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Default Bioshock - Ken Levine Interview @ Evil Avatar

December 5th, 2006, 15:45
Evil Avatar has posted a great two-part interview with Irrational's Ken Levine. The first covers a little of his background and wanders into some interesting territory:
Jonathan: I've always wanted to ask: Is Thief suppose to be an allegory for capitalism?

Ken: Why do you say that?

Jonathan: Well, the acquisitive nature of the thief, his ability to take what's not his and make it his own (from which all great fortunes are amassed), and his invisibility whilst taking it.

Ken: Well, what's interesting about thief is that Garrett is more moral than the powers that be. Because at very least, he's honest about who he is. Everybody else hides behind a moral proposition or an ideology to cover up their greed and cruelty. Garret just puts it out there.

I like to think that we were creating of one of gaming's first anti-heroes.

Jonathan: As in a modern hero with a high degree of negative capability?

Ken: Most heroes in games just take on the tasks given to them because, they're, well, the heroes. I wanted Garret to be motivated by things that every day people could understand: money, women, and a sense of ownership of his own body.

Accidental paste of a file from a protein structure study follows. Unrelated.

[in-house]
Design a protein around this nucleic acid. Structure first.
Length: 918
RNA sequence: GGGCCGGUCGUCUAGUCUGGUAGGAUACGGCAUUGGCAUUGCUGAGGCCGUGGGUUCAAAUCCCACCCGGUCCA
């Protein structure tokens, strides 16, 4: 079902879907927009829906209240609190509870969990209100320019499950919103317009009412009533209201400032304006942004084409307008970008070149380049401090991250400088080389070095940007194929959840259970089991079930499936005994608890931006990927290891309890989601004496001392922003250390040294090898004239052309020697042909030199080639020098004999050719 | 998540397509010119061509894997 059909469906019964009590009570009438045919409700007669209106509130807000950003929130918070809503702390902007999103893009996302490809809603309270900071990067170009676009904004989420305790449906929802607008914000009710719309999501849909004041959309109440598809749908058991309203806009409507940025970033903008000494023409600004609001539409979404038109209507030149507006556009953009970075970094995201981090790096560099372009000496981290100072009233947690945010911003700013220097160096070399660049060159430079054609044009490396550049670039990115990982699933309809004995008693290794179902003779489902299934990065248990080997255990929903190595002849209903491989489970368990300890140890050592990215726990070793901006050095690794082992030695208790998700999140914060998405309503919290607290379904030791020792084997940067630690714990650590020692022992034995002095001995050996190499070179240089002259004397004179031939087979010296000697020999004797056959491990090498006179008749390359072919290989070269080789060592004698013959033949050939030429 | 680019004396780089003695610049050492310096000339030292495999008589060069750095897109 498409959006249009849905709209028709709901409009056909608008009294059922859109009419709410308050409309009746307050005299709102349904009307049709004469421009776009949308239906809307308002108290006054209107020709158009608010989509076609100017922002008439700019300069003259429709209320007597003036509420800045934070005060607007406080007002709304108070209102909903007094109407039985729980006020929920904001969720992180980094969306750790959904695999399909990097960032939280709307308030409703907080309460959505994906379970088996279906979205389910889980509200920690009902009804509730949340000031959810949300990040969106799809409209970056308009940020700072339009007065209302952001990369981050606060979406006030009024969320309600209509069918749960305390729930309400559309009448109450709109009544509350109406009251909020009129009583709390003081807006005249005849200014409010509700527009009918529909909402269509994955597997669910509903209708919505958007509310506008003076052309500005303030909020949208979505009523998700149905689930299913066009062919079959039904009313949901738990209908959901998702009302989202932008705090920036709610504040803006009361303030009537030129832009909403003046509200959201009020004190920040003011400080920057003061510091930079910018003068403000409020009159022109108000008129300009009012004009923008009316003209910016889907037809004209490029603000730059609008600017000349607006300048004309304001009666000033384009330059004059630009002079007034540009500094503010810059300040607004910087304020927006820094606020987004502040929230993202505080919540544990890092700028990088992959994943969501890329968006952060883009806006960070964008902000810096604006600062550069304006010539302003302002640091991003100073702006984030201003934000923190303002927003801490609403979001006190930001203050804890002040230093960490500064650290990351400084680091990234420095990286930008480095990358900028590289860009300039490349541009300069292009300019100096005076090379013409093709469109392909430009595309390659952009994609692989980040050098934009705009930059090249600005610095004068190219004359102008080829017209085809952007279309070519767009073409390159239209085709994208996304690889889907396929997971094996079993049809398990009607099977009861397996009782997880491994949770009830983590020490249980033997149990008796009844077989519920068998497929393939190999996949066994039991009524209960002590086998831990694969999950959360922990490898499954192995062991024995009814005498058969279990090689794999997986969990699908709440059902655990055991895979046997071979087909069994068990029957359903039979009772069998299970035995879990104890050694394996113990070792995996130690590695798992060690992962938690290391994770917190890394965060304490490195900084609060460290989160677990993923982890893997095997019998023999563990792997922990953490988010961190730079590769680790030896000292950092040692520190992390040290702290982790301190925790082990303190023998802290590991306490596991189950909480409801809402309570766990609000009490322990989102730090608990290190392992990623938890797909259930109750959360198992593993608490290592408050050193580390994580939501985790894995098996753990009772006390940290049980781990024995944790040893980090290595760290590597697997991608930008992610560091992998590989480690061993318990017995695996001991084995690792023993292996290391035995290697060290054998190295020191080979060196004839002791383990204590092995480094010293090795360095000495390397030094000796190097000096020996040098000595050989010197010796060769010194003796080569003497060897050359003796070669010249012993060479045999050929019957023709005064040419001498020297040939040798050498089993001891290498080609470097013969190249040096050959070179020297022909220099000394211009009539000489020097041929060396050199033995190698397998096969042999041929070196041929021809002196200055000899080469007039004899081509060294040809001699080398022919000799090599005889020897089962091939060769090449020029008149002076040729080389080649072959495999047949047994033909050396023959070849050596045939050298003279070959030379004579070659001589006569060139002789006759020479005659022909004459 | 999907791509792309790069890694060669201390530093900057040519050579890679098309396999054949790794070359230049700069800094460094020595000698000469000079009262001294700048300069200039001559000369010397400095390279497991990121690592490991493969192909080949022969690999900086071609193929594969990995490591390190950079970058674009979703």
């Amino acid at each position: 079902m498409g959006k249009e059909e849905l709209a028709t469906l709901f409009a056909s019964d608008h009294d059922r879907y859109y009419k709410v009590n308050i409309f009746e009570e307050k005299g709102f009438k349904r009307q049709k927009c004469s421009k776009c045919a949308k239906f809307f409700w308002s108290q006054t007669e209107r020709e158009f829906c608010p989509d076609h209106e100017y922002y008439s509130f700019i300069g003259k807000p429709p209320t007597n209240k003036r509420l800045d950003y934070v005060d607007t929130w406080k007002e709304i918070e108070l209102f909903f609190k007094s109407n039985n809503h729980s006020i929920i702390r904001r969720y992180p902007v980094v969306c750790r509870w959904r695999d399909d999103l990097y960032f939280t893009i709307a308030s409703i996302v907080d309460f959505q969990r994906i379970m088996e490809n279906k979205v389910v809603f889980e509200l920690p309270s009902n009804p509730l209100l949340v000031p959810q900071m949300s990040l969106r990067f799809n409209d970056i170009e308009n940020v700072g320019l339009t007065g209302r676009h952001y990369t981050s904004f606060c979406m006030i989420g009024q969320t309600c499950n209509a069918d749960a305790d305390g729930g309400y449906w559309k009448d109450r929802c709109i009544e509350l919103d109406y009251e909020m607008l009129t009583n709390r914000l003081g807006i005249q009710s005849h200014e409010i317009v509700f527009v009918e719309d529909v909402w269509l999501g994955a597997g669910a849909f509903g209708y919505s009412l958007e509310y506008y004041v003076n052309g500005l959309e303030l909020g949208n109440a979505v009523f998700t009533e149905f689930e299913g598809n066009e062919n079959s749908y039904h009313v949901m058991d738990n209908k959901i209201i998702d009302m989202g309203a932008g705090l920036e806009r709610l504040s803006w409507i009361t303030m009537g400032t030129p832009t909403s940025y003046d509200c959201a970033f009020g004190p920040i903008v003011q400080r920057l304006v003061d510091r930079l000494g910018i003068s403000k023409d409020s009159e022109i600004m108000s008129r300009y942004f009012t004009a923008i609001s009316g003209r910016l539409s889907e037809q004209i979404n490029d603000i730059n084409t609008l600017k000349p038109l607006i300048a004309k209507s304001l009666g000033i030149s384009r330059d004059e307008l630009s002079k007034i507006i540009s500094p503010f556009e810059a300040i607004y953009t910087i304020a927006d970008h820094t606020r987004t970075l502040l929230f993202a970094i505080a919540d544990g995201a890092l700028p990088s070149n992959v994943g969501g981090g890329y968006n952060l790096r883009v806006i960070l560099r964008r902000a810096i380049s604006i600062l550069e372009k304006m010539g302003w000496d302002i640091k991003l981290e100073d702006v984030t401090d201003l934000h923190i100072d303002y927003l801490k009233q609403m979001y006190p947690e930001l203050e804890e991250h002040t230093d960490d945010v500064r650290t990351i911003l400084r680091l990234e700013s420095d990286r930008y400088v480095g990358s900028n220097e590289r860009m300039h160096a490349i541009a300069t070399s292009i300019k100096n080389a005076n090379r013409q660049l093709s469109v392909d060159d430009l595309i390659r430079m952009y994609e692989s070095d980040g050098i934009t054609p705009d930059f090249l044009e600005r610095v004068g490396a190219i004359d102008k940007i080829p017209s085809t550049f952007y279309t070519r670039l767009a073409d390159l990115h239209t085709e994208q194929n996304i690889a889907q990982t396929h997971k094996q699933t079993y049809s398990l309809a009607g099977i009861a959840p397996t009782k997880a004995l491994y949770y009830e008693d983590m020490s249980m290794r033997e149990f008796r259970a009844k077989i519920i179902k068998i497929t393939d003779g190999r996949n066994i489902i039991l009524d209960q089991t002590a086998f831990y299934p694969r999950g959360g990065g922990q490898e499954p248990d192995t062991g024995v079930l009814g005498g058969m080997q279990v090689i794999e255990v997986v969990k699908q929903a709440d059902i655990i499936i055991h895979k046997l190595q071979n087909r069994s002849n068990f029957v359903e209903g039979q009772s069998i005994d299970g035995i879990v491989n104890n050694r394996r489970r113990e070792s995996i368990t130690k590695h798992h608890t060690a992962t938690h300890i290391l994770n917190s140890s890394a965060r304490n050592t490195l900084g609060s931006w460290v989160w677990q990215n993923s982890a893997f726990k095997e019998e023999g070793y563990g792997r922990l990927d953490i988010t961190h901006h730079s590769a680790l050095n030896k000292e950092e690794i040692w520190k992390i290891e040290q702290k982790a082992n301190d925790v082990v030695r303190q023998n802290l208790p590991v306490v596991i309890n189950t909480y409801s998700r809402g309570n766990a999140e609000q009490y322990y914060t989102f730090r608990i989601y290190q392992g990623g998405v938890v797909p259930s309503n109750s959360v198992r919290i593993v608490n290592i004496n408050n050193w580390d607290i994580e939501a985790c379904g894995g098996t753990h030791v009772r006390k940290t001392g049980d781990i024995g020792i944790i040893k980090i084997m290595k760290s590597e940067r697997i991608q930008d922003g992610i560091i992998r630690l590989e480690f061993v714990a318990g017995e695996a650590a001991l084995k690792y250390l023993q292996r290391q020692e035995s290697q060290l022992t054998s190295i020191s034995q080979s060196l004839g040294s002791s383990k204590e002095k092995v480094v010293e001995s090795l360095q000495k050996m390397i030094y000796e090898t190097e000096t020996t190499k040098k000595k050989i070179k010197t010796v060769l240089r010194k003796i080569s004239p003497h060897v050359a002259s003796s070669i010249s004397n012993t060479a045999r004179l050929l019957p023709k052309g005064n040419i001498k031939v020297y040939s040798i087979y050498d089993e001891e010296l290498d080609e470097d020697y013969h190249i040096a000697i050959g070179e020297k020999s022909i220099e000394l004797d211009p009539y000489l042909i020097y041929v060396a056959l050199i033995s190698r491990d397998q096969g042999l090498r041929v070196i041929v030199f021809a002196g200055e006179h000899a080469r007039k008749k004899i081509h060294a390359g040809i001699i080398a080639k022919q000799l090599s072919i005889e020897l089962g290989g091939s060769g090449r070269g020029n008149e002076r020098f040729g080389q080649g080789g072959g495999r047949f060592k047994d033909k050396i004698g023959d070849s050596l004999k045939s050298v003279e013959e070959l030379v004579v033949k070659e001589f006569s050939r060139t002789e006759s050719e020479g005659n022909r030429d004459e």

Jonathan: Right, really the only different between the hero and villain in most games is that the hero is better at violence than the villain.

Ken: Whenever I write a scene and it's terrible, it's usually for one of two reasons. 1) I suck or 2) the charactersí aren't motivated. What makes Lord of the Rings great is not the heroism of the characters, it's their doubts.

Jonathan: Of course, humanism.

Ken: When 10 zillion game writers copy Tolkien, they only remember the orcs and the dragons, they forget about the most compelling elements of the story: the seductive aspects of power – something we can all relate to.
…while the second gets more specificially to Bioshock:
Jonathan: But we've had non-linear shooter going 6-7 years now, what makes BioShock so accessible to the mainstream, like the other titles you mentioned?

Ken: Yes, Shock 2 was a non-linear shooter. Deus Ex was a non-linear shooter. We learned a lot from making/playing those games. There are certain expectations the modern gamer has that those games didn't fulfill.
From the Shock 2 perspective, a) it was too hard to get into b) it didn't make the choices clear to the average player and c) it, frankly, wasn't visually competitive.

The key is giving the player a huge amount of expression, but giving him access to understanding that expression and those choices. If the player doesn't understand he has a choice, why bother giving it to him?
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